Promatia, Seasteading and Thinking Outside the Box of Governance
The world is changing. The traditional nation-state model that we, our parents, our grandparents and even our great grandparents were used to, is staring into the abyss. For decades now, the people of these governments, have been growing ever more disenchanted with the system (increasing unemployment, inflation, inequality, war, corruption, gridlock, regulations... I could go on but you get the picture), yet they feel hopeless, as there are no alternatives immediately available. I can't call the South African government and cancel my contract with them - it is basically a monopoly.
Why are there no alternatives to our current government?
It's complicated, but here is an immensely simplified explanation of why. Firstly, where would someone wanting to set up an alternative government start. All land is claimed. Secondly, how would you find the money. New governments are a niche industry. Finally, how would you protect yourself. Existing providers don't like competition.
These are just some of the reasons why people are not innovating in government - the cost to entry is just too damn high!
So I guess we just have to recognise that we are stuck as a society, doomed to face a future of economic stagnation, lack of innovation and decline ...
We can think outside the box of governance.
Firstly, why does a government need recognised territory on land? After all, if it is too expensive to build yourself a home in San Francisco, you look elsewhere, to a city that is cheaper. That's what existing governance entrepreneurs should do as well - instead of trying to recreate the same model of government on land (which has a high cost to entry), they should look at places like the sea, cyberspace, Antarctica or space. Now, Antarctica might be a bit cold for some people and space societies might still be 50 years or so down the line (don't rule them out though), but the sea and cyberspace are perfect canvases for governance experimentations.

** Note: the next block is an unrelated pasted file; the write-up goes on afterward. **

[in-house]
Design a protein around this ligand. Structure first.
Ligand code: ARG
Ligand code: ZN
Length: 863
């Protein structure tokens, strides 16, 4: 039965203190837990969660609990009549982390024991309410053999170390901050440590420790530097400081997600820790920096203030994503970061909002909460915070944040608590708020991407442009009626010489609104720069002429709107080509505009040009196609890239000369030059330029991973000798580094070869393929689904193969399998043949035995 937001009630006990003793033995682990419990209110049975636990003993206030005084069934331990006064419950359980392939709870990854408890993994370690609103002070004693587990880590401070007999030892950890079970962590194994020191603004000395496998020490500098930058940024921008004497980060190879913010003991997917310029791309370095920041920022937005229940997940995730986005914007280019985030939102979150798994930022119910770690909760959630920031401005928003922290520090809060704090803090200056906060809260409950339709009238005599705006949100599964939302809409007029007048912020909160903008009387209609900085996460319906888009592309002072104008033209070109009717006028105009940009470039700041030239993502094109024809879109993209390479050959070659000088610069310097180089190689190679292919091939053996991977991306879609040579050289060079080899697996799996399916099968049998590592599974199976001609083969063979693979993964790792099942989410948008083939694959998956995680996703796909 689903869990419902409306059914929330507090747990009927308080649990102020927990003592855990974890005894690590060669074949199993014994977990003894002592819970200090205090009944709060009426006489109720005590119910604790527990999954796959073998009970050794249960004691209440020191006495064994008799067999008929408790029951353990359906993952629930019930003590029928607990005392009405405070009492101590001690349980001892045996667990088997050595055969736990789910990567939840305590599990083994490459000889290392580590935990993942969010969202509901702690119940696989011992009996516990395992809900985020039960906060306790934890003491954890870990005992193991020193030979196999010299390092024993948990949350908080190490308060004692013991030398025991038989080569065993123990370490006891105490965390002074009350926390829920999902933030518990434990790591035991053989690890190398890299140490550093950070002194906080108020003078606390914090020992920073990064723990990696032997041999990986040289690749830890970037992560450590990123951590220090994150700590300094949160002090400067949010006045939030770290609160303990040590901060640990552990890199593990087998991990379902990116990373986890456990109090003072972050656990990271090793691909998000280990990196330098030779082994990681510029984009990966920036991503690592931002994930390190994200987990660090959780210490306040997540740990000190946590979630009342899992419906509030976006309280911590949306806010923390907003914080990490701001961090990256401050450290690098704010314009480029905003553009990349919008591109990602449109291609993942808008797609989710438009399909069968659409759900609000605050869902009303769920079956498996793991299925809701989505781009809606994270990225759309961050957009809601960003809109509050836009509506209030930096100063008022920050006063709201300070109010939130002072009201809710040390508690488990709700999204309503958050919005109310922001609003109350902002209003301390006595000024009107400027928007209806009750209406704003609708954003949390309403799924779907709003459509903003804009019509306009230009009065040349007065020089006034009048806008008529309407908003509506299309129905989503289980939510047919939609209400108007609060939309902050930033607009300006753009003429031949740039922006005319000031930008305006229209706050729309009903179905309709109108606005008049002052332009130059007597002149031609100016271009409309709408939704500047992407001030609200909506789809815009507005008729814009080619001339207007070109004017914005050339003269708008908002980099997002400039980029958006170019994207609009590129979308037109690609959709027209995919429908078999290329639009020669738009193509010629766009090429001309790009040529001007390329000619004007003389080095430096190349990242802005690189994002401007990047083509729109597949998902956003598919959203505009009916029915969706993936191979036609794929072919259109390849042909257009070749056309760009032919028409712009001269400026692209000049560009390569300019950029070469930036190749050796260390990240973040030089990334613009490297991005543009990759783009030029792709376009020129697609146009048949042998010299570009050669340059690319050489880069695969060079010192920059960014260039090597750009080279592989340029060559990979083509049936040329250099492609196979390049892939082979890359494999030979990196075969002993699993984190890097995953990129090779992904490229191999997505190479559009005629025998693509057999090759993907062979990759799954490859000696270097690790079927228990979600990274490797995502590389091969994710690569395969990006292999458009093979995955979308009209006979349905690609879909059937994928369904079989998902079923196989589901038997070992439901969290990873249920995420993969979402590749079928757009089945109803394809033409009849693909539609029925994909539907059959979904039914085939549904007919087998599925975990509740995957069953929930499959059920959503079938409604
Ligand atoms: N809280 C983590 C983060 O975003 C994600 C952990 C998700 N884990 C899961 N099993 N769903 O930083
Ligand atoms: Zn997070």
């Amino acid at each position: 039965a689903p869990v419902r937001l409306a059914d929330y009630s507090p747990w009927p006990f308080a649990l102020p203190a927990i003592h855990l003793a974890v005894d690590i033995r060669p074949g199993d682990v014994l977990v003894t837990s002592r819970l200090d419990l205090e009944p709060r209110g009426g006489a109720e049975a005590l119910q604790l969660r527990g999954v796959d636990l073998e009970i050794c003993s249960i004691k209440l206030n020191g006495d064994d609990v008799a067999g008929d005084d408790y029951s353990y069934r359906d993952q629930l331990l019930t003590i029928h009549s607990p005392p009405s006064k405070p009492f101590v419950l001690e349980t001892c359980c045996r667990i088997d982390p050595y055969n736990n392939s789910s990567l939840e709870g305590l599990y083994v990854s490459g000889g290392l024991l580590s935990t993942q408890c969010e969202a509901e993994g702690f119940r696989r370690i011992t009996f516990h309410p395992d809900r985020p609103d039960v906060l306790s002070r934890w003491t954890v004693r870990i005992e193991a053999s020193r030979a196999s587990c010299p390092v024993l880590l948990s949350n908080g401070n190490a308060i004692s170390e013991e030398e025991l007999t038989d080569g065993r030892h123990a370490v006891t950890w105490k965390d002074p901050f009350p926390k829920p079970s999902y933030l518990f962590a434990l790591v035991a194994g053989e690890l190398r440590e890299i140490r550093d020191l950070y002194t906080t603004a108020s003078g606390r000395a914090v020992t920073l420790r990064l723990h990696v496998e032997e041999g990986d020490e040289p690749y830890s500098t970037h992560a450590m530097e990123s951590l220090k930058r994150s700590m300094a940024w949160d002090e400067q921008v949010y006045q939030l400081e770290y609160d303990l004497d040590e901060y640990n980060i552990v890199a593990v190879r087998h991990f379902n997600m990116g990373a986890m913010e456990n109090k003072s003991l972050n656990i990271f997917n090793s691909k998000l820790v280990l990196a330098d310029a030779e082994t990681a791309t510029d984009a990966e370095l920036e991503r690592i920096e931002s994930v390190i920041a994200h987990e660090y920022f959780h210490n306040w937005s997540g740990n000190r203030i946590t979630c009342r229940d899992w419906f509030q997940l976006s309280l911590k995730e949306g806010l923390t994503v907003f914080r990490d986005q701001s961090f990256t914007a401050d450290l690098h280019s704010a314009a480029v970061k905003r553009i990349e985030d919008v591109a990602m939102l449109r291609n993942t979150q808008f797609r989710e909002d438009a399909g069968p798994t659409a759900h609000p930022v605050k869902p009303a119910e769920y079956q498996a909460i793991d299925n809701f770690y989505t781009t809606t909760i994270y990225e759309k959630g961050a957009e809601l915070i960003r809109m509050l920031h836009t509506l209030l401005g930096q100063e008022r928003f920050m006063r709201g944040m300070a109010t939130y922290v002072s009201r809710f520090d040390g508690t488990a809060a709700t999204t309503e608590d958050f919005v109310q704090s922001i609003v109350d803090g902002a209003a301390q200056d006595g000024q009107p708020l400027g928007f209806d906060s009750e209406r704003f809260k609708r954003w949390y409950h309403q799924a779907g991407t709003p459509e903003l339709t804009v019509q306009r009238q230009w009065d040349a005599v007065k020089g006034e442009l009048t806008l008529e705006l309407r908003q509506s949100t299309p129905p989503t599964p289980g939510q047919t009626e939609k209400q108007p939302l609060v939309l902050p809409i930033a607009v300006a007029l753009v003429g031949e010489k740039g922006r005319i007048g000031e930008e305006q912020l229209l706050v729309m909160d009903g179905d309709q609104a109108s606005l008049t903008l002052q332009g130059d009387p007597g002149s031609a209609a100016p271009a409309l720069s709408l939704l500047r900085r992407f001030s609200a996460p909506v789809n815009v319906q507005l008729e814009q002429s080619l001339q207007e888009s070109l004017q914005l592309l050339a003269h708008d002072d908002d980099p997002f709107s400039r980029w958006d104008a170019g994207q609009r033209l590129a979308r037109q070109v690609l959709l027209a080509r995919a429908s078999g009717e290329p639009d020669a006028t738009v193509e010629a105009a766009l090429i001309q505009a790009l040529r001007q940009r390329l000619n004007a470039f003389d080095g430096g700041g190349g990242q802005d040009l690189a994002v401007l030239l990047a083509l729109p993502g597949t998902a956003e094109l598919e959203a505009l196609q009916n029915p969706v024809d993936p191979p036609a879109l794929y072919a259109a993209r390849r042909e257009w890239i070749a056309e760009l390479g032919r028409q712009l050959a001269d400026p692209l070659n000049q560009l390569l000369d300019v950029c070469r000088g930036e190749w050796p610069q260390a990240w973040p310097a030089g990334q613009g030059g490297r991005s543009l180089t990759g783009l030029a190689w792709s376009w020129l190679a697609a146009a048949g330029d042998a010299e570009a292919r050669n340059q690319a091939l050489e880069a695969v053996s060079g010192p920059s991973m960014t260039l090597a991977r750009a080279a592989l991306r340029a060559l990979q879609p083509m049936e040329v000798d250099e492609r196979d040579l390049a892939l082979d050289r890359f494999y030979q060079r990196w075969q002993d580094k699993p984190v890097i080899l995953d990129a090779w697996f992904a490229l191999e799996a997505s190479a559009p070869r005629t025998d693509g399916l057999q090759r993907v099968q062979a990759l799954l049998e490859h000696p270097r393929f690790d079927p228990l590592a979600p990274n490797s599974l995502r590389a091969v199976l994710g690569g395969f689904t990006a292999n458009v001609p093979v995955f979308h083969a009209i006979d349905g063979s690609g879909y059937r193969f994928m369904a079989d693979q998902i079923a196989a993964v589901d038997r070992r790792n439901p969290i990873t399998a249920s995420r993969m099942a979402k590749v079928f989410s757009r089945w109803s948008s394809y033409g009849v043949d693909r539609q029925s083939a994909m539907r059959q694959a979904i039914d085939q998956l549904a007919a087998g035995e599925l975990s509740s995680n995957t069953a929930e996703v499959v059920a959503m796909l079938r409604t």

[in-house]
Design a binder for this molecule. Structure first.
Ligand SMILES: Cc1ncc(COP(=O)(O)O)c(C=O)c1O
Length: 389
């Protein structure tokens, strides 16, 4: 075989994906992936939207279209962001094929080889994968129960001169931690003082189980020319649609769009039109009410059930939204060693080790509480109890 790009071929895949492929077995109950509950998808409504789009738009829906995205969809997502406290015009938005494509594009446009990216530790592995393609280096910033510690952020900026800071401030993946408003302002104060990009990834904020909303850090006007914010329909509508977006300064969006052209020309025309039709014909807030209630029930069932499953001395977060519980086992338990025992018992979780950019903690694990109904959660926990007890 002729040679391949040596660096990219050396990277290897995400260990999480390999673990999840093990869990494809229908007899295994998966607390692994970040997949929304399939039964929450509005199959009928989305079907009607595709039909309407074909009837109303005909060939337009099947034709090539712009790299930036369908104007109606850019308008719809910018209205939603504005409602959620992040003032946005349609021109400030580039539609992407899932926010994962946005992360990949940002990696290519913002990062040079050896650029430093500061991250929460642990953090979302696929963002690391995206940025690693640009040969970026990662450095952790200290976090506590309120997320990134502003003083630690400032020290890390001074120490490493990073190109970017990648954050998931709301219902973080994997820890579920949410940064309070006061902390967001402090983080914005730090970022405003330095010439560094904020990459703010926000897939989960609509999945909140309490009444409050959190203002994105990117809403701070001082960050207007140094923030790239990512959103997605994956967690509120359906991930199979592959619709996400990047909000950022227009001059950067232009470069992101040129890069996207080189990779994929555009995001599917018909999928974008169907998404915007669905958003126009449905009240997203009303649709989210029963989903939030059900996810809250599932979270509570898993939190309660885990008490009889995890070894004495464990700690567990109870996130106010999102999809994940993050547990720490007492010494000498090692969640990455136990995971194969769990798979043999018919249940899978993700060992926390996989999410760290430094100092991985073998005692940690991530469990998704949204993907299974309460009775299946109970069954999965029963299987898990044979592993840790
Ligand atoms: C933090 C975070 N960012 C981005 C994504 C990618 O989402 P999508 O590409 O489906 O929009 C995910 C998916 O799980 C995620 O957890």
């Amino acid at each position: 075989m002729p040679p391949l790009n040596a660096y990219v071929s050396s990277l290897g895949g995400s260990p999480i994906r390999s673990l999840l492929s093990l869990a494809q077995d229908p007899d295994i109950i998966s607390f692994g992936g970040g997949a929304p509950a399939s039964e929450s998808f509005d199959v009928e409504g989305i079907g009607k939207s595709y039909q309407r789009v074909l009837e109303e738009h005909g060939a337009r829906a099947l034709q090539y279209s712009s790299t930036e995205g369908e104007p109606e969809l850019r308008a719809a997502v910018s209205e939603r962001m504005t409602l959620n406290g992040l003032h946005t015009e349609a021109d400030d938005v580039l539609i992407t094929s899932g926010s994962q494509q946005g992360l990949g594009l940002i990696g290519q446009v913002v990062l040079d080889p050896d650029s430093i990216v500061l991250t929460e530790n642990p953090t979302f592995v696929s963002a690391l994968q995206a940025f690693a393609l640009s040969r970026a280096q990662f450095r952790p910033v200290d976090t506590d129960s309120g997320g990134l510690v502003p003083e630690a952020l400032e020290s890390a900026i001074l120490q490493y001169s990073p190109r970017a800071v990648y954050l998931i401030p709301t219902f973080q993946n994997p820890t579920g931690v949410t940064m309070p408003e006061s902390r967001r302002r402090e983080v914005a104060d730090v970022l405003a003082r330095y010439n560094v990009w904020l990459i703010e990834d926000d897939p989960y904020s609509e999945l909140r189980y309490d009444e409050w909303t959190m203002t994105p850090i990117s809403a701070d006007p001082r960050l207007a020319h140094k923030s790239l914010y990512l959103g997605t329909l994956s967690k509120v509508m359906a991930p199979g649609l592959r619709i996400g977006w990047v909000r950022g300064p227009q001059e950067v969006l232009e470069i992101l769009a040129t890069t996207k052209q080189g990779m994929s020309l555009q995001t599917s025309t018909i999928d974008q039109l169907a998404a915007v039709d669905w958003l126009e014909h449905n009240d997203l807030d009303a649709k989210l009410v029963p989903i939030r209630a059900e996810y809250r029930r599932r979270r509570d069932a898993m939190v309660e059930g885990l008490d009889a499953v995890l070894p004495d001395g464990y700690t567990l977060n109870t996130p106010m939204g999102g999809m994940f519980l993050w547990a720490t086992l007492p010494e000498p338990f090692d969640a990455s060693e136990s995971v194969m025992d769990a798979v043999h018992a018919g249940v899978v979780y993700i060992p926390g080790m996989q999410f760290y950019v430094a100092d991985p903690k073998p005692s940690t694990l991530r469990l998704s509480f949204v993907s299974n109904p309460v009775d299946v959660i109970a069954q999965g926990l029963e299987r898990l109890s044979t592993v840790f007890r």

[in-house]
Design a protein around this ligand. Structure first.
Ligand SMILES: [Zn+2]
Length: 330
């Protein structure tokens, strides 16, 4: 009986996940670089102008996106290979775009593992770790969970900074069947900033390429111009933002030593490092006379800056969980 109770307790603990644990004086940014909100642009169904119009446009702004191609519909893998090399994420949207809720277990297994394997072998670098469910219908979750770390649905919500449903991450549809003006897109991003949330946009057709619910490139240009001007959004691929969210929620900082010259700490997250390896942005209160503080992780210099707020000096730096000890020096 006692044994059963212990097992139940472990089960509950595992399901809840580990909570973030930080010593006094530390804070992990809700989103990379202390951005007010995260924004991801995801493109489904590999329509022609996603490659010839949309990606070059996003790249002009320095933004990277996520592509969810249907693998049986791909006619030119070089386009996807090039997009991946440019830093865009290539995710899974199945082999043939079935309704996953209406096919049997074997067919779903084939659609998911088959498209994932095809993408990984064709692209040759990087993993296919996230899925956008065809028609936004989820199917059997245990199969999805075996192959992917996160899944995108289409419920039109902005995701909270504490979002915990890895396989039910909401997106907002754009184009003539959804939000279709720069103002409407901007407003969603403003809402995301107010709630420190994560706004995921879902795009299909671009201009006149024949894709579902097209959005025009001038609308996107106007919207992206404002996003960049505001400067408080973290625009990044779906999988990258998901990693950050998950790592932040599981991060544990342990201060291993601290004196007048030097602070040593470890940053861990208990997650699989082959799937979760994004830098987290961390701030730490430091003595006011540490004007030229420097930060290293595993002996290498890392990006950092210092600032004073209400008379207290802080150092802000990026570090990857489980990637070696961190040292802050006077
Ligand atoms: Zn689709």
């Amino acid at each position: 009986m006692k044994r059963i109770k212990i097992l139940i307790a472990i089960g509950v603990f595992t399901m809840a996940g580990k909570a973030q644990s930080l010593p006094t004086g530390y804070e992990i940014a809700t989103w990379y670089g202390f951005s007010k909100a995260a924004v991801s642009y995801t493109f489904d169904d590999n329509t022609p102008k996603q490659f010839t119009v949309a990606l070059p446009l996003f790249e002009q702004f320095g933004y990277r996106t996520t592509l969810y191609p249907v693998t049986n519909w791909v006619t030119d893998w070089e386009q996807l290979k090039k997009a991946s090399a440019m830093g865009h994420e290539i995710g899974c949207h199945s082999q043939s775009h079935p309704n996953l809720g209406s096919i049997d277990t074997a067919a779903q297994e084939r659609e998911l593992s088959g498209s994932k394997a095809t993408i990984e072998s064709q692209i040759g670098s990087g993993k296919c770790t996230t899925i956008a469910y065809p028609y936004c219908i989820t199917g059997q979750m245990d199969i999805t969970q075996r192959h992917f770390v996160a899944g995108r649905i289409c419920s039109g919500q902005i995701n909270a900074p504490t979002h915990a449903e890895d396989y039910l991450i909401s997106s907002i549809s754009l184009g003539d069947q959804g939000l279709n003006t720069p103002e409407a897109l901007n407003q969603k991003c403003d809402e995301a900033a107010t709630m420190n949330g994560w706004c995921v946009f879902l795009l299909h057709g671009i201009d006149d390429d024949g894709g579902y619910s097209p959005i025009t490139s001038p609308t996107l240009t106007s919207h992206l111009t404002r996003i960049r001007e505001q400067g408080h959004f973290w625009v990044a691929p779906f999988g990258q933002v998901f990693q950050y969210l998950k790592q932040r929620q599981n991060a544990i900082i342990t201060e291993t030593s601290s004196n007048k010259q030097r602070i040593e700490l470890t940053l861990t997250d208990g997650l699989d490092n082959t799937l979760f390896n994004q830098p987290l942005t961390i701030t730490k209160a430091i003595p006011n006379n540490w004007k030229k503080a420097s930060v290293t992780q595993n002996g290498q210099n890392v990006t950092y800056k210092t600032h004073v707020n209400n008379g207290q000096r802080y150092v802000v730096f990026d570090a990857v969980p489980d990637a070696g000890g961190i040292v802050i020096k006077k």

So let's talk about the sea. Seasteading (the use of floating platforms on the oceans to build autonomous forms of governments) is something we will see happening very soon. Seasteads are one of the easiest ways to establish a sovereign country - you just put together a couple dozen platforms, proclaim your independence and then send your letter to the UN and wait for a reply (although I warn you, it may take a while). Since the open oceans are terra nullius, your independence could not be disputed with anyone legally. NOTE: some countries don't follow international law too well, so don't establish yourself close to a hostile nation like Thailand or North Korea).
Another way one could think outside the box of governance, is to deconstruct what government does (healthcare, security, passports etc.) and allow for a free market in providers. At first glance, this would seem like an anarcho-capitalist utopia, however that would not necessarily be the case on further inspection. Different high-performing governments (like Estonia) could export their governance services worldwide. For example, I could get security from a private company in South Africa, my health insurance in France and my virtual citizenship from Estonia.
The rise of virtual/crypto currencies, also means it is much more difficult to tax citizens and this is one way we could undermine current governments, in order to gain more choice in life. It takes the power of creating and taking money away from governments and I am of the opinion, that future scholars will look at the separation of money and state in the same way we view the separation of church and state.
And that brings us to Promatia, the modern solution to governance. Promatia is quite unique, as it does not exactly look at completely abolishing the nation state, but reforming it in a way that is still a viable organism in the 21st century. Experimenting in new ways to engage itself with citizens, being economically competive and allowing for innovation to flourish, is something that most of the world's governments are struggling to achieve, yet Promatia… Well, Promatia might not achieve that either, yet if it is able to test new ideas (in a way that does not negatively impact those who are not part of the project), then we all stand to benefit, as other countries will replicate Promatia's success stories and avoid the disasters.
In closing, I believe we will see a world in 50-100 years time, that consists of everything from "from nation states to stateless nations" (to quote the legal professor Tom W. Bell) and this will allow for a tsunami of ideas and experiments - a Second Renaissance, perhaps - that will create the legal foundations that could underpin our societies for thousands of years. So please, join me, Promatia and everyone else in this movement, so that we can open up the laboratory of governance experimentation to the world. We have the power.